Staff Stories: Life in the Suburbs
This article originally appeared in the Fall 2017 issue of Wings Magazine
With their manicured lawns and neat houses, the suburbs may not seem like welcoming places for wild creatures. Given a chance, though, wildlife will find a way to coexist with people. Suburbs are often less densely developed than older urban centers, and such neighborhoods can be home to a surprising diversity of life thanks to stream corridors, parks, and even yards and gardens. This is the story of one suburban yard, located on a fifty-by-hundred-foot lot, a typical size for the suburbs that have spread westward from Portland, Oregon, across Washington County in recent decades.
When we moved in, the yard was largely grass. At the front of the house there were a handful of azaleas and barberry shrubs in bark chips, along with two oddly placed arborvitae trees, one blocking a window, the other obscuring the front steps. Elsewhere, grass struggled to grow in the shadow of trees or of the house, and in places didn’t grow at all, with the dirt turning to muck in the fall rains. Over time, we’ve gradually created a garden, and in doing so have discovered a diversity of wildlife with which we share our residence.
Our house sits in the middle of the lot, separating it into four distinct sections. The front garden faces east; mostly open and sunny, it’s the best area of our yard for flowers. We’ve gradually reduced the amount of grass, replacing it with perennials and shrubs—aster, coneflower, milkweed, goldenrod, California fuschia, blanketflower, phlox, coreopsis, lavender, Oregon grape, wild indigo—a mixture of native and garden varieties that can cope with both wet winters and dry summers with minimal attention, and that offer bloom from late winter to late fall.
Connecting the front garden to the back along the north side of the house is a narrow, shady, damp side yard. For the longest time this was a sheltered spot to store plants waiting for their permanent home, and it was also where we dumped things: the sod removed from the front and back, construction materials for paths, sacks of compost. This passageway has been tidied up in the last couple of years and is now lush with ferns (sword, deer, maidenhair), hellebores, bleeding hearts, and snowberries.
The back garden is very different from the front, tucked under the edge of an acre of Douglas-fir forest. This patch of forest is zoned as neighborhood open space, so is protected from development, and is a remarkable survivor in a region that continues to experience the rapid growth of both housing and business developments. The trees provide the rear of the house with a sense of seclusion. In the heat of summer, the pitchy smell during the day and the rhythmic chirping of tree crickets at night gives it the feel of a wilder place, beyond the suburbs.
Despite those delights, the forest makes this a tough place to establish plants. Its trees compete for light and moisture in different measures along the back of our small area, part of which is sunny for a few hours, the rest in deep shade. We’ve tried forest plants that found it too sunny and dry, and we’ve tried sun-loving plants that found it too shaded. Through trial and error, we’ve arrived at a selection of plants that can cope with these conditions, and this area, like the front garden, now has a mix of native and garden species. Sword ferns, some self-sown, some planted, lend structure. Color and texture are provided by false Solomon’s seal, wintergreen, yellow wood violet, foam flower, trillium, spiderwort, wild geranium, tiger lily, lungwort, lady’s mantle, lupine, aster, red flowering currant, and Nootka rose. We’ve also got some plants that many people might consider weeds—Siberian miner’s lettuce, wood avens, woodrush, soft rush—forest natives that began growing once we removed the grass.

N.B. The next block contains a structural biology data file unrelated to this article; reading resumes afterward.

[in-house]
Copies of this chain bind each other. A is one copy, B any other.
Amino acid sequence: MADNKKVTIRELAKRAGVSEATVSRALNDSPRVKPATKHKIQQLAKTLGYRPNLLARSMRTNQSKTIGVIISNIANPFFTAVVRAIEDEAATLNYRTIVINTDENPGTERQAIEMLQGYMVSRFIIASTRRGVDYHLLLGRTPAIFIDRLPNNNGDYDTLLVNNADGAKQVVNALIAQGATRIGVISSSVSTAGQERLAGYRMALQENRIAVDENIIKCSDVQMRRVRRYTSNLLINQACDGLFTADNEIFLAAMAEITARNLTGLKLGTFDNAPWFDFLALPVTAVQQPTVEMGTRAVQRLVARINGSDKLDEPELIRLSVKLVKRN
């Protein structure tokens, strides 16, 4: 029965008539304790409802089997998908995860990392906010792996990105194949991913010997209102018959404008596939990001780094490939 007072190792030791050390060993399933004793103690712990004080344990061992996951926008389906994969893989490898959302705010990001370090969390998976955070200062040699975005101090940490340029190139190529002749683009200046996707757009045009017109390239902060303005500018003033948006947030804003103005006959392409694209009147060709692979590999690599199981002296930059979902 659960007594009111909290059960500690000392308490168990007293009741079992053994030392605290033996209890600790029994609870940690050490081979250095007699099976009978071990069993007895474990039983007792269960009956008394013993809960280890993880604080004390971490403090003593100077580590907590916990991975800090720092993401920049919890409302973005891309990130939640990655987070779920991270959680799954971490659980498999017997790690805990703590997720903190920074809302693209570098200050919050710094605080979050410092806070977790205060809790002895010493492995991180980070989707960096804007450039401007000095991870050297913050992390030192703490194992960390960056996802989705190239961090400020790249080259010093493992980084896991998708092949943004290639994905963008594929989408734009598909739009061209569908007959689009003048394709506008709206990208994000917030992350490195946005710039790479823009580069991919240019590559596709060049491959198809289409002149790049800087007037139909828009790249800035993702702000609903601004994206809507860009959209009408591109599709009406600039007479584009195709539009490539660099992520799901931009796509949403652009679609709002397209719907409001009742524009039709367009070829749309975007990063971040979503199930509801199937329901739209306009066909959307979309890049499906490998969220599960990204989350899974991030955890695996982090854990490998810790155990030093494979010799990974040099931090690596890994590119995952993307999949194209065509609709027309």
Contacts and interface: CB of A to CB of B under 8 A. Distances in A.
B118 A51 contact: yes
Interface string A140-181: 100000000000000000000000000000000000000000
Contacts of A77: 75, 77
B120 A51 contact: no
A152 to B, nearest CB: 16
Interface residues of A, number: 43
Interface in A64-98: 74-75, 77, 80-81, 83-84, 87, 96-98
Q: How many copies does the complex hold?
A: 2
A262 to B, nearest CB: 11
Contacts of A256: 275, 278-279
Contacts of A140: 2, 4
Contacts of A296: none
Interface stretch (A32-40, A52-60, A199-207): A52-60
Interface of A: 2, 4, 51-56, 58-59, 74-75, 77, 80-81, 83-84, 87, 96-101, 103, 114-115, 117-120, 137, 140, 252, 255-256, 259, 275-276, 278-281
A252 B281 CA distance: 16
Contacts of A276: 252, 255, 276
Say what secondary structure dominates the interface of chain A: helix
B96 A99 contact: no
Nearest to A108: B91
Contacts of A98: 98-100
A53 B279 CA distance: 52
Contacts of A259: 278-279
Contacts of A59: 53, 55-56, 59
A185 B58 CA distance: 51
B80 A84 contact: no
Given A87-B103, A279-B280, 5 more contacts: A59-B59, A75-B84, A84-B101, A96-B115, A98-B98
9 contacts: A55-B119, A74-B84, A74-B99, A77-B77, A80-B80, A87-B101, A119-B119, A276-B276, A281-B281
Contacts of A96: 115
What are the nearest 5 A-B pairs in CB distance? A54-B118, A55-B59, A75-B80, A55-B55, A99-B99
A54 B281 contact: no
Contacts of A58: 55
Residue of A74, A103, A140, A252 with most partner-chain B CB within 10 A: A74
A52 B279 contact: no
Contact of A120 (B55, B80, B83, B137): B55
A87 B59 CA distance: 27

The fourth section of our garden is the southern margin, isolated from the rest of the front garden by the driveway and extending from the sidewalk to the side of the house, where we keep recycling carts. This strip, in the shelter of a maple tree and shaded by our neighbor’s arborvitae hedge, seldom sees direct sunshine. During the fall, leaves from the maple are raked to the base of the hedge and left to decay. That pile is its own little world, a home to the pillbugs and millipedes that you’d expect, as well as to slugs and snails. As is typical of disturbed areas, the majority of the gastropods in our garden are nonnative; most common are the European red slug (Arion rufus), a rather handsome brown-and-orange beast, and the great grey slug (Limax maximus). The leaf pile, though, is also where we encountered dark-bodied glass snails (Oxychilus draparnaudi), another nonnative species. The glass snails are carnivorous, mainly preying on other invertebrates, although on this occasion a trio of snails were feeding on a dead mouse.
The first bee we see in our garden each year has typically been a blacktail bumble bee, though sometimes a yellow-faced bumble bee will show itself earlier. Whichever, these normally appear between the fifteenth and twentieth of February, although in warm winters they have been seen in January. They forage on the flowers of Oregon grape and lungwort, which fill the gap until French lavender begins to bloom in April. We now have six species of bumble bees (Bombus) recorded for our garden—those two plus blackfaced, fuzzy-horned, yellow-headed, and brown-belted. Other bees we find through the year include mining bees (Andrena) alongside the early bumble bees, and mason bees (Osmia) that show up when the pears and apples blossom. Later in spring, sweat bees in the genera Halictus and Lasioglossum arrive, and in June long-horned bees (Melissodes) appear as the black-eyed Susans come into flower.